“Do This”

Sunday of the Body and Blood of Christ 6-3-18

Exodus 24:3-8; Psalm 116:12-18;Hebrews 9:11-15; Mark 14:12-26

 

In the largest sense of human history, the Solemnity we celebrate today is the story of God’s relationship with all of creation; an intimate relationship of The Creator with the creation. Without the soil and the sun and the rain, the plants do not grow, and there is no food.  Without food, there are no animals.  Without God, nothing exists.  It is a good day to pause and remember our interrelationship and the necessary balances God established in creation to sustain life.

But meditating on the largest sense of human history can make us feel tiny, and we can feel too tiny to think about the enormity of it all. So, perhaps it is well to focus on the small parts of creation at a level where we can better grasp ideas that seem to impact our lives more personally.

Our reading from Exodus is about Moses sprinkling the blood of animals which have been sacrificed as peace offerings to God. Moses sprinkles the blood on the altar, as our rituals might have us incense the altar.   Then there is a reading of the covenant with God, and the people renew their vows to be God’s People and obey the commandments God has given them, just we renew our baptismal promises on Easter.

Then Moses sprinkles blood on the people, just as we sprinkle the water of baptism. But there is another side to this idea.  Our Eucharist speaks of “the cup of my blood”, the blood of Jesus which is shed for all so that sins are forgiven.  Today we have dozens of laundry products specially designed to remove stains.  Blood and wine are always first on the list of difficult stains to remove.   It is a startling idea that the blood of Jesus should not stain us and ruin us, but instead washes us clean of sin, removes all guilt and eliminates the need for punishment, allowing us to live eternally with God.

Our Psalm speaks of the “cup of salvation”. This Psalm could have been written by a contemporary Christian poet.  We take up the communion cup of salvation, calling on the name of the Lord, who has freed us from evil, selfishness and sin.  We remember our vows to God.  In order to give thanks to God, we must sacrifice our overinflated egos and all our “dead works”, as our 2nd reading calls our behaviors such as attempting to reduce God to an hour on Sunday.

So, like the early Christians, we experience the Body and Blood of Christ in the Mass as a sacrament, meaning an effective sign of grace, which works to give us divine life through the Holy Spirit. How did that look just after the first Pentecost? Well, in Acts 2:42 we find that (Christians) “devoted themselves to the apostles’ teaching and fellowship, to the breaking of bread and the prayers.”  The identity of Christians, then, was formed in unity, unity in belief and charity, both of which were founded in Eucharist, centered in thanksgiving for the gifts of Christ’s body and blood.

Some twenty years after Pentecost, The Church in Antioch left us a manual of liturgical prayers which we call the “Didache”, Greek for teaching.  In about the year 100, Pope Clement wrote a letter to the church at Corinth, saying, “Holy, Holy, Holy Lord, God of power and might!” Ignatius of Antioch wrote to the church to “Confess the Eucharist to be the flesh of our Savior Jesus Christ.”  In about the 150’s Justin Martyr wrote a detailed description of the Mass as it was celebrated in Rome.  We have historical evidence of the Mass in letters & prayers.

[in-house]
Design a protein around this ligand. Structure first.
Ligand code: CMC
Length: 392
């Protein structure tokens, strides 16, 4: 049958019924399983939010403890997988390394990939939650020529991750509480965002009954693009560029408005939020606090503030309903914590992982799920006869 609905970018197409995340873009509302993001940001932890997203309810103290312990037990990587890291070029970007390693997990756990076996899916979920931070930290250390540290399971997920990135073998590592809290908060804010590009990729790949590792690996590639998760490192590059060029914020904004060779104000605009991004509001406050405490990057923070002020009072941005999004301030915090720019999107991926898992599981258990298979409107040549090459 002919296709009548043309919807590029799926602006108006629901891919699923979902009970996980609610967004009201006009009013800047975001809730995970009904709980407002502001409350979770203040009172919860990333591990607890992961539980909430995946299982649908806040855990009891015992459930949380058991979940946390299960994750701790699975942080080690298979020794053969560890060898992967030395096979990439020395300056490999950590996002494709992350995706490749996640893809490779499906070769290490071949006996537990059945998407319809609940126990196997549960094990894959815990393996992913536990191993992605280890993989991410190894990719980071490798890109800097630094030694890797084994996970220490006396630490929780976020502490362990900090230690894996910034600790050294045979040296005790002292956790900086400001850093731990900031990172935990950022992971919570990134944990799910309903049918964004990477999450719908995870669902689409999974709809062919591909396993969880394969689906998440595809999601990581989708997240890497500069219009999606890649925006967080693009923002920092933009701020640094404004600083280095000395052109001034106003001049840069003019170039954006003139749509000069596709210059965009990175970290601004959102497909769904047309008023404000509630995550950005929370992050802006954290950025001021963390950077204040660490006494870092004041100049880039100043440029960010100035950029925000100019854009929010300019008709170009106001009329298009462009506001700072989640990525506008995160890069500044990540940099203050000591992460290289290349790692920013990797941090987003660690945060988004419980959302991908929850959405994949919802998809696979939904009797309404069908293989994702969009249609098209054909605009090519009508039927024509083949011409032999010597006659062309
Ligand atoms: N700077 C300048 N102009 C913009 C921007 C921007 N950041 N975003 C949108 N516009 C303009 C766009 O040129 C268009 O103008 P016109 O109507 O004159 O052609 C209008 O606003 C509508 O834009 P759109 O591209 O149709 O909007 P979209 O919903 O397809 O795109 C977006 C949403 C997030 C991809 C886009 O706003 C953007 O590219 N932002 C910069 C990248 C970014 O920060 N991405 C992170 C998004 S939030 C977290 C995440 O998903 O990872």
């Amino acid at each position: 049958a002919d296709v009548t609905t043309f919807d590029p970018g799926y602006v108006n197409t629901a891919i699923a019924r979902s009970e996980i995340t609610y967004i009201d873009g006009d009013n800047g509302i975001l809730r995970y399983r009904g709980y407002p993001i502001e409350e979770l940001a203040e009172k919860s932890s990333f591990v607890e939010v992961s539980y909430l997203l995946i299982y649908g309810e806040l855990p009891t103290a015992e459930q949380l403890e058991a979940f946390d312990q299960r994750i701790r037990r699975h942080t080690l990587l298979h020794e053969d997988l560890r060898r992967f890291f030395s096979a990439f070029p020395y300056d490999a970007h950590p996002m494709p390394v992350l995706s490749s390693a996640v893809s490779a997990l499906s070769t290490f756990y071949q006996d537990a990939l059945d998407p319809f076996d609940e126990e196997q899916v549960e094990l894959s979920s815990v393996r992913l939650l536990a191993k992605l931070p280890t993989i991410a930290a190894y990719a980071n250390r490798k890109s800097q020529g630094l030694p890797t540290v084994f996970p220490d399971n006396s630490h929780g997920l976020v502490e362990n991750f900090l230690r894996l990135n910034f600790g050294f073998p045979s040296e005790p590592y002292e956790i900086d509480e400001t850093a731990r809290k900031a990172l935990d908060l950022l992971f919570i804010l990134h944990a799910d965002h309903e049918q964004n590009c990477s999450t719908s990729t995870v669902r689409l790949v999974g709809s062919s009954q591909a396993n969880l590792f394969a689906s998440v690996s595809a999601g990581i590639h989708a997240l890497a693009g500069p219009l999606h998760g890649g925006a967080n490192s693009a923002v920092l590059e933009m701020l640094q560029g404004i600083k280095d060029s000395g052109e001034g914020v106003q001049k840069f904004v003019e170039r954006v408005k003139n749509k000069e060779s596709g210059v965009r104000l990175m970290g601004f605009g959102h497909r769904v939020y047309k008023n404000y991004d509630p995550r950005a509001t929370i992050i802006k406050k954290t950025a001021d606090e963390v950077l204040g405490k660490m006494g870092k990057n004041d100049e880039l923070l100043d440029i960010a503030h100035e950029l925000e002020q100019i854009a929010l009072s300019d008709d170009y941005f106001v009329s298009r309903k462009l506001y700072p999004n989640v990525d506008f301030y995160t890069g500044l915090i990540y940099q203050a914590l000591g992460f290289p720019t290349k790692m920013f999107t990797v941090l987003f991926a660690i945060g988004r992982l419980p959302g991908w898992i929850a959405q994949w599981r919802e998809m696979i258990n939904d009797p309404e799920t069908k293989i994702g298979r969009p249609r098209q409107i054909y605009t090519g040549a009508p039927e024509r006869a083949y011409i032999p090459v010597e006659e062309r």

What was the impact of this Mass on the early church? The church had a growth rate estimated at 40% per decade, and by the middle of the 4th century, there were 33 million Christians in an Empire of 60 million people.  The Church Fathers quoted Malachi 1:11, “From the rising of the sun to its setting, my name is great among the nations, and in every place incense is offered to my name, with a pure offering” –  as to say that always and everywhere in the Empire, the Mass was offered.

By then the Mass was called, “the Breaking of the Bread”, “the (once-for-all) Sacrifice”, “the Liturgy”, “the Mysteries”, “the Table of the Lord”, “the Lord’s Supper”, “the Altar”, and “the Communion.” But “the Eucharist” won out, because it was the Greek word for giving thanks, and Mark 14:23, Matthew 26:27, Luke 22:17, and 1 Corinthians 11:24 all used that word. Although great care was taken to keep the liturgy within Christian tradition, the spread of the Gospel from place to place included new and local ways to express worship, but the Words of Institution as found in 1 Corinthians 11 were kept intact. (“On the night when he was betrayed, he took bread and when he had given thanks; he broke it, and said, ‘This is my body which is for you. Do this in remembrance of me…” Likewise the cup..)

We keep these words because Jesus commanded us to do so at a most solemn moment anticipating his death. St. Paul emphasized that this action is at the center of the church.  The cup “is the new covenant in my blood.”  Thus, all the subsequent generations have meticulously preserved the Lord’s words and actions as precious and divine.  The many ways that the Christian liturgy shares the prayers of our Jewish brothers and sisters is a fascinating study all by itself.

For early Christians, Mass was the meeting of heaven and earth. But the Mass was also preached as the unifying power of the church.  “Because there is one bread, we who are many are one body, for we all partake of the one bread” (1Cor 10:17).  Ignatius wrote, “For there is one flesh of our Lord Jesus Christ, and one cup to show forth the unity of His blood.”  Great reverence and care were taken with the elements, which were regarded as more precious than gold or jewels.  Likewise, clergy were to give careful attention to the worlds of the liturgy, and great emphasis was placed on John 6:51, “I am the living bread which came down from heaven; if any one eats of this bread, they will live for ever; and the bread which I shall give for the life of the world is my flesh.”